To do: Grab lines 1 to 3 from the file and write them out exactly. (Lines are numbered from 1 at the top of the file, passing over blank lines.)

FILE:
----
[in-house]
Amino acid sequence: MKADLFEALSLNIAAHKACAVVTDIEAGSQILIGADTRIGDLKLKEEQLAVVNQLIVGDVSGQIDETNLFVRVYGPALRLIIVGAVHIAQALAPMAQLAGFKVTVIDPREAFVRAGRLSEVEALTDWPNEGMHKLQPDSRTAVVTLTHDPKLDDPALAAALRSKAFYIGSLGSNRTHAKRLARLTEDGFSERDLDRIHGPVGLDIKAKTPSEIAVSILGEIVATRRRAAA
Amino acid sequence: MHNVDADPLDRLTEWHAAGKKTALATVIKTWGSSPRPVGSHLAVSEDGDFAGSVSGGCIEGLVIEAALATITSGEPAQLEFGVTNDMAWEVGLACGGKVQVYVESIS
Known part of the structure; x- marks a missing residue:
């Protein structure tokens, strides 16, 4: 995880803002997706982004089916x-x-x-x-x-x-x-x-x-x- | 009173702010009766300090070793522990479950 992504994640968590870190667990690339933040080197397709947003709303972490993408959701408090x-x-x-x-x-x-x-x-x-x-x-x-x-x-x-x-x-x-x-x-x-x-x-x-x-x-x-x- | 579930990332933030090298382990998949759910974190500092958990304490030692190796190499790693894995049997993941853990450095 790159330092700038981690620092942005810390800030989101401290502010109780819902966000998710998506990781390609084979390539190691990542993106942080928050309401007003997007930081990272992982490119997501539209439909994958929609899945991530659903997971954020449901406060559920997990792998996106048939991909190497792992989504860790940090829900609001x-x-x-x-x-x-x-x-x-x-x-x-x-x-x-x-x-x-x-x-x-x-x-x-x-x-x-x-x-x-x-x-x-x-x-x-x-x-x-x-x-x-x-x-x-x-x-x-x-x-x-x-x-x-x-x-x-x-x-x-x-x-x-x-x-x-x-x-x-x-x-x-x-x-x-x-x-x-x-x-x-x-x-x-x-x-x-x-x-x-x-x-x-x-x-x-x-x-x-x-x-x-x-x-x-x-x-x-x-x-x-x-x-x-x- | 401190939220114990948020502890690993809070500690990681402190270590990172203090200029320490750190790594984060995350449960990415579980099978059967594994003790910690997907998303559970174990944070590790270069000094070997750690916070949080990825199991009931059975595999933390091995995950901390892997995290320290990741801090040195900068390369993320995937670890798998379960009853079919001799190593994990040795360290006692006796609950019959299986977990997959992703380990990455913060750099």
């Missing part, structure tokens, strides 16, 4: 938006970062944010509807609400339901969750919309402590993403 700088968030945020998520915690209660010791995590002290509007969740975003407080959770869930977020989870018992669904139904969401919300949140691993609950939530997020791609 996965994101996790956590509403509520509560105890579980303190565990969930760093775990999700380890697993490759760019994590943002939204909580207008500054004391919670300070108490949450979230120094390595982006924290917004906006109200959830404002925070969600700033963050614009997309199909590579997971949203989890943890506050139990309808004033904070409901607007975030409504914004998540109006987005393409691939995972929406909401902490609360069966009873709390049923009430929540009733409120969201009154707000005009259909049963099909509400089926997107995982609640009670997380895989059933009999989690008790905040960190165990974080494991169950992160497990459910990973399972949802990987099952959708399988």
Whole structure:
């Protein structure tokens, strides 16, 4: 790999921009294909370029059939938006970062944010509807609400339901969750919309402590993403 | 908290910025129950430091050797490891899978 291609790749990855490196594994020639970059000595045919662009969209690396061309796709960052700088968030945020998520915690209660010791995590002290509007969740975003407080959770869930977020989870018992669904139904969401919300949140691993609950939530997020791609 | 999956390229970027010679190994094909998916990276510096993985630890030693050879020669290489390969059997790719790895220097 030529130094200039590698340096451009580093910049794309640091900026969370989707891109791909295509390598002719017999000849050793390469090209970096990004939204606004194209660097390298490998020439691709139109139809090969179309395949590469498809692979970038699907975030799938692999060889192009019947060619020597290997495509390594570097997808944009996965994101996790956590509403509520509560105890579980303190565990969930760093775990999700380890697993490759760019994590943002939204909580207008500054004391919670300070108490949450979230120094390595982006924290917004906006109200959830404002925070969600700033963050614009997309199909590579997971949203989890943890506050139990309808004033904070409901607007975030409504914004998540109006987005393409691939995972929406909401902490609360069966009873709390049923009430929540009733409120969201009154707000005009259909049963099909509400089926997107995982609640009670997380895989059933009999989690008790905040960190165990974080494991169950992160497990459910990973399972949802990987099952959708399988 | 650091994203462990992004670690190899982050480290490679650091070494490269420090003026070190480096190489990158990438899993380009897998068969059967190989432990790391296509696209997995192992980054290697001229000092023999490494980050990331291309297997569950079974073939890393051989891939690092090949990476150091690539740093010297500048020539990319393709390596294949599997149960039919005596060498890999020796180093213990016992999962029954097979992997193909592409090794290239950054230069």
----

[in-house]
Amino acid sequence: MKADLFEALSLNIAAHKACAVVTDIEAGSQILIGADTRIGDLKLKEEQLAVVNQLIVGDVSGQIDETNLFVRVYGPALRLIIVGAVHIAQALAPMAQLAGFKVTVIDPREAFVRAGRLSEVEALTDWPNEGMHKLQPDSRTAVVTLTHDPKLDDPALAAALRSKAFYIGSLGSNRTHAKRLARLTEDGFSERDLDRIHGPVGLDIKAKTPSEIAVSILGEIVATRRRAAA
Amino acid sequence: MHNVDADPLDRLTEWHAAGKKTALATVIKTWGSSPRPVGSHLAVSEDGDFAGSVSGGCIEGLVIEAALATITSGEPAQLEFGVTNDMAWEVGLACGGKVQVYVESIS